“If I’m not willing to speak up about something, I forfeit the right to be angry or hold a grudge.” – Christina Giardino
My husband absolutely loves that I have a “speak up or shut up” rule. I established it years ago. It makes for much better communication in our marriage. He expects for me to tell him when something is wrong, and I don’t hold it against him if he can’t read my mind. It works well for us!
I used to have a difficult time standing up for myself or letting people know when they had overstepped my boundaries. Truthfully, I struggle to establish those lines because I don’t want to seem uncooperative and I want people to like me. So, instead, when someone hurt my feelings, I usually did anything to avoid prolonging the discomfort.
More often than not, I chose not to address the situation. This let the offending party off the hook, but left me with frustration and anger.
When I was in high school, some people at our church hurt my parents very deeply. Watching my parents injured was very difficult for me. It created a great deal of bitterness and resentment. In fact, it made it nearly impossible for me to enter a church without feeling nauseated. It caused me to take a giant step back from the church gatherings altogether in an attempt to protect myself from the same kind of hurt.
Interestingly, the people who wounded my family didn’t seem to have any idea that they did so. I remember running into one of the pastors in the local Christian bookstore and he spoke to me as if nothing had ever happened. And yet, the entire time, I was desperately seeking escape.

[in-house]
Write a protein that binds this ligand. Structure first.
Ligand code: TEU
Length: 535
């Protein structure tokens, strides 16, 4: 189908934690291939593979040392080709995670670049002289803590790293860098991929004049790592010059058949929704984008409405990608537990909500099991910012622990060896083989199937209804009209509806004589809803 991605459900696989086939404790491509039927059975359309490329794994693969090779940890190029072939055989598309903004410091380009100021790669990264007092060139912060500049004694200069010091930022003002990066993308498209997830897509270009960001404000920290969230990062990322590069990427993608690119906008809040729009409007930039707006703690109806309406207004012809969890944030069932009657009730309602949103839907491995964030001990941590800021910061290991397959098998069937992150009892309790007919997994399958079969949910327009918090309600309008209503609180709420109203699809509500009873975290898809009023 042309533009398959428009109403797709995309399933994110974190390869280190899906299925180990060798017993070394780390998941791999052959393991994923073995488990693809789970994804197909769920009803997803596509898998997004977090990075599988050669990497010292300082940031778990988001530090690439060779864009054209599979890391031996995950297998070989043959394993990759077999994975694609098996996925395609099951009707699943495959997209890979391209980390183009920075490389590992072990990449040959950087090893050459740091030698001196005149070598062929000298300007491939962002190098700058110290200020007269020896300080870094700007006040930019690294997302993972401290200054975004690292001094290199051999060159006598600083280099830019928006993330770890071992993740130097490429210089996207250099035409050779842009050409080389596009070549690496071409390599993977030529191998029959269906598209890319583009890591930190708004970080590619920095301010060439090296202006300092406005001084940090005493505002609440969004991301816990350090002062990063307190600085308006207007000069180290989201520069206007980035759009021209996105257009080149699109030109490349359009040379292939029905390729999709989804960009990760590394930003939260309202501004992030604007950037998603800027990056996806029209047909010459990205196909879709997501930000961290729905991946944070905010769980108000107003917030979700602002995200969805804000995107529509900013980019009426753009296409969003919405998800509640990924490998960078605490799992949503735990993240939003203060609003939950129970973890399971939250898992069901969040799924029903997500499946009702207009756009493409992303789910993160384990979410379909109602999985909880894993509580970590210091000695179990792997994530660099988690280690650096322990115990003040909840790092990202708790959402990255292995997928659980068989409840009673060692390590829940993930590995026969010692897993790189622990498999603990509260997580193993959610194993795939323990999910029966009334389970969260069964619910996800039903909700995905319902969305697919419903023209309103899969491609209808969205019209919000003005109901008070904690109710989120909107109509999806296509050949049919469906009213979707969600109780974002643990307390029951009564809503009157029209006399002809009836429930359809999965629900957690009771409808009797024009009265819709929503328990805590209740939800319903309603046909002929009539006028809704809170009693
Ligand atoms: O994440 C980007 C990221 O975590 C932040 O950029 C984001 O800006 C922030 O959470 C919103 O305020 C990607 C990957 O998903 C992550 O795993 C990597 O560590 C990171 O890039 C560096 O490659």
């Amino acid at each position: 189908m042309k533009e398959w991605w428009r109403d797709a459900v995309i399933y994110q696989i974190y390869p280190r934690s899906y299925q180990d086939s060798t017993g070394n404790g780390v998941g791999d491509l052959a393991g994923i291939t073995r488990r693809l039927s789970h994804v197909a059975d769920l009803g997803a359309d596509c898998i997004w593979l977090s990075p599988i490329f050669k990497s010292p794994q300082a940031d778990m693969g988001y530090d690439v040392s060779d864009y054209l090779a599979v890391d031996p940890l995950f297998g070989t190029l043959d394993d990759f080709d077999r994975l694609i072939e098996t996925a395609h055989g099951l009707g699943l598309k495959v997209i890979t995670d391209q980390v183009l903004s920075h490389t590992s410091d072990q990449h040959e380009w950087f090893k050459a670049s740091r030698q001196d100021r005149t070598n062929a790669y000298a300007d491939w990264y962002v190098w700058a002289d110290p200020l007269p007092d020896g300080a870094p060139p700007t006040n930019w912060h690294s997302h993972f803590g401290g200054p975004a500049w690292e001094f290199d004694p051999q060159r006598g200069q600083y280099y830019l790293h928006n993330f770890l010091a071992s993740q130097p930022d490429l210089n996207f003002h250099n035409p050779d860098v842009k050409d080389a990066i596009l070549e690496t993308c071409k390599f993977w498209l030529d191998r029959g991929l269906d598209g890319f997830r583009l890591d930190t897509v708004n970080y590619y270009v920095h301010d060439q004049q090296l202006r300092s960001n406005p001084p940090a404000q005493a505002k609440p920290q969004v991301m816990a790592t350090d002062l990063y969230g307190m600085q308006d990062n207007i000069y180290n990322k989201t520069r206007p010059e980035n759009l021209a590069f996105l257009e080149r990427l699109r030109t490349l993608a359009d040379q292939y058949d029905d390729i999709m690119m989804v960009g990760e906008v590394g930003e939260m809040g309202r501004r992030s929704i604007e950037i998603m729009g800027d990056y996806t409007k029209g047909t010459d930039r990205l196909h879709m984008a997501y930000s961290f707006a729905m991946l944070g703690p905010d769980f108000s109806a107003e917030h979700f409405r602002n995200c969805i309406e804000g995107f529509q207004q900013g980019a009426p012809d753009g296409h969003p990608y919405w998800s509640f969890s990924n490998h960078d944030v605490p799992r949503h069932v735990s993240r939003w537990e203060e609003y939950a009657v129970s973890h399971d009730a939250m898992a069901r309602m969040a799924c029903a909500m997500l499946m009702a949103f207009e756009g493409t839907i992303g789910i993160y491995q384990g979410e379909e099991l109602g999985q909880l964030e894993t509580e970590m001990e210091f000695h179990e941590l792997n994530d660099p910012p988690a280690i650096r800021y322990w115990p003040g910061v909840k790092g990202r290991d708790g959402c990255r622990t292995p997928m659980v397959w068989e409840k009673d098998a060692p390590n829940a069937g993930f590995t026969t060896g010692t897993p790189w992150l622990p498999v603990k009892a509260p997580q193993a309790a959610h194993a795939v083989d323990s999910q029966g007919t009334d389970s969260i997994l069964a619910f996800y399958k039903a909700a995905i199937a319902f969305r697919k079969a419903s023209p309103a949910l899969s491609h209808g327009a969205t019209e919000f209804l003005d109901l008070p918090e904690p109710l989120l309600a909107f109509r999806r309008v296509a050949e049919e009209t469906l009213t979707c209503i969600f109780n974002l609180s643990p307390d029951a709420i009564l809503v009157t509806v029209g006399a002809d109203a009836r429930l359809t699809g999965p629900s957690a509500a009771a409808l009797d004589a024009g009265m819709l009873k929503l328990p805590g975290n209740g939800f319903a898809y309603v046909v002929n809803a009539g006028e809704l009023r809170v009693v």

I’ve heard it said* that “Harboring bitterness is like swallowing poison and waiting for the other person to die”. That is a perfect description of what I had experienced. I had been allowing bitterness to fester in my heart while the offending party had no knowledge of the suffering that was caused. My pain had no impact on them and certainly no effect on the behavior. But, the fear it created in me was nearly paralyzing.
And, so I developed my personal rule for relationships: “If I am unwilling to speak up about an issue, I forfeit the right to remain angry or hold a grudge”. This rule has served me well. I stand up for myself more often, put good boundaries in place, and I let a lot of things go. But, if I find that I’m unable to let something go, it’s worth a conversation to reaffirm boundaries, discuss the issue that lead to the hurt, and repair the relationship. And, if it’s not important enough for me to muster the courage to discuss it, it’s probably not important enough to carry around in my heart.
People aren’t mind readers. We teach them how to treat us by establishing appropriate boundaries and giving feedback. I believe it is unfair to expect someone to behave in a certain way if they have not been advised of the rules. So, I try to play fairly and let people know how I’m feeling, or I make it my responsibility to let it go. This works well for me. It’s made a huge difference in my relationships and in my ability to move forward from the pain.
*This quote has been attributed to a number of people and I was unable to identify the original source